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Auteur Laporte, M.; Shao, Z.; Berrebi, P.; Laabir, M.; Abadie, E.; Faivre, N.; Rieuvilleneuve, F.; Masseret, E.
Titre Isolation of 12 microsatellite markers following a pyrosequencing procedure and cross-priming in two invasive cryptic species, Alexandrium catenella (group IV) and A. tamarense (group III) (Dinophyceae) Type Article scientifique
Année (down) 2014 Publication Revue Abrégée Marine Pollution Bulletin
Volume 83 Numéro 1 Pages 302-305
Mots-Clés Alexandrium; Biogeography; Invasive species; Microsatellite markers; dinophyceae; phytoplankton
Résumé Alexandrium catenella (group IV) and Alexandrium tamarense (group III) (Dinophyceae) are two cryptic invasive phytoplankton species belonging to the A. tamarense species complex. Their worldwide spread is favored by the human activities, transportation and climate change. In order to describe their diversity in the Mediterranean Sea and understand their settlements and maintenances in this area, new microsatellite markers were developed based on Thau lagoon (France) samples of A. catenella and A. tamarense strains. In this study twelve new microsatellite markers are proposed. Five of these microsatellite markers show amplifications on A. tamarense and ten on A. catenella. Three of these 12 microsatellite markers allowed amplifications on both cryptic species. Finally, the haplotypic diversity ranged from 0.000 to 0.791 and 0.000 to 0.942 for A. catenella and A. tamarense respectively.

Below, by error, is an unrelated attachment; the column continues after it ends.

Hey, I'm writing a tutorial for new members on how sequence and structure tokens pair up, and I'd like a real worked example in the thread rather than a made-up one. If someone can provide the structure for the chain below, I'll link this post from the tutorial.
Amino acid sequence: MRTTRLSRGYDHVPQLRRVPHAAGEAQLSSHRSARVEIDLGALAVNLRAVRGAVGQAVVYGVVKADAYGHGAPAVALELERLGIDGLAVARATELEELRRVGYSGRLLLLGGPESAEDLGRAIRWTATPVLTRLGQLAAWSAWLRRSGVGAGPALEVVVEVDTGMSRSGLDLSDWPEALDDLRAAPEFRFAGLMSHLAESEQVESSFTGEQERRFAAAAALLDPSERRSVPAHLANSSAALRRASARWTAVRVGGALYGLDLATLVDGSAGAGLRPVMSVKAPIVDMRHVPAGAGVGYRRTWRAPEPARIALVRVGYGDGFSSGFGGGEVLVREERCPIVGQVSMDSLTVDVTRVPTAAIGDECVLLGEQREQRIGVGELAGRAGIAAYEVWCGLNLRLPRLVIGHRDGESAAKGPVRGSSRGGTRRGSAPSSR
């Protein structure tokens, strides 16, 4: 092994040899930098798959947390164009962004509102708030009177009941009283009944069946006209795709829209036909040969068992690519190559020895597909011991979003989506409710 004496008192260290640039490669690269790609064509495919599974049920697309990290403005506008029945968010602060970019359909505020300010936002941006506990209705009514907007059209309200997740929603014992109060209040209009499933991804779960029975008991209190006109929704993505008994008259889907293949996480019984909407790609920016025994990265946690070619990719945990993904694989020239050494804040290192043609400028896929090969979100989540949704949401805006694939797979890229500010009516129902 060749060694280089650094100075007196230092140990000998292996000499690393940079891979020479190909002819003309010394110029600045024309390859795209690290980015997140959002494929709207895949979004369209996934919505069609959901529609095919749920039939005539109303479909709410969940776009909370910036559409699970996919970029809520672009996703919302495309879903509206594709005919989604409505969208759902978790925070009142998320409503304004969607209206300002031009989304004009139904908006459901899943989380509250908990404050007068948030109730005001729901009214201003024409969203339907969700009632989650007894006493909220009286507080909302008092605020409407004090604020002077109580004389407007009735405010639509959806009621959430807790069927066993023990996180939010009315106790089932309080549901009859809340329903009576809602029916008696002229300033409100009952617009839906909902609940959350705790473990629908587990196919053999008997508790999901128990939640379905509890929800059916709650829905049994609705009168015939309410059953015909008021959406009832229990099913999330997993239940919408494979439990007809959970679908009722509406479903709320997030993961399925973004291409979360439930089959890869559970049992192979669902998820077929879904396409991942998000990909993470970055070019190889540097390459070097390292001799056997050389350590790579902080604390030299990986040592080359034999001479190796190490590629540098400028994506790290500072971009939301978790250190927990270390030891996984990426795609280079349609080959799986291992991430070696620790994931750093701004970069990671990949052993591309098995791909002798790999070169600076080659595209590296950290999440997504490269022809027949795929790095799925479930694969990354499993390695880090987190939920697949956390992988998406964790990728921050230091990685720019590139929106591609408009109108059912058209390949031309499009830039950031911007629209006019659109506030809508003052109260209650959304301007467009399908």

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Volume de collection Numéro de collection Edition
ISSN 0025-326x ISBN Médium
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Numéro d'Appel MARBEC @ isabelle.vidal-ayouba @ collection 668
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Auteur Collos, Y.; Harrison, P.J.
Titre Acclimation and toxicity of high ammonium concentrations to unicellular algae Type Article scientifique
Année (down) 2014 Publication Revue Abrégée Marine Pollution Bulletin
Volume 80 Numéro 1–2 Pages 8-23
Mots-Clés Acclimation; Ammonia/ammonium; EC50 for ammonia; pH; phytoplankton; toxicity
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ISSN 0025-326x ISBN Médium
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Numéro d'Appel MARBEC @ isabelle.vidal-ayouba @ collection 423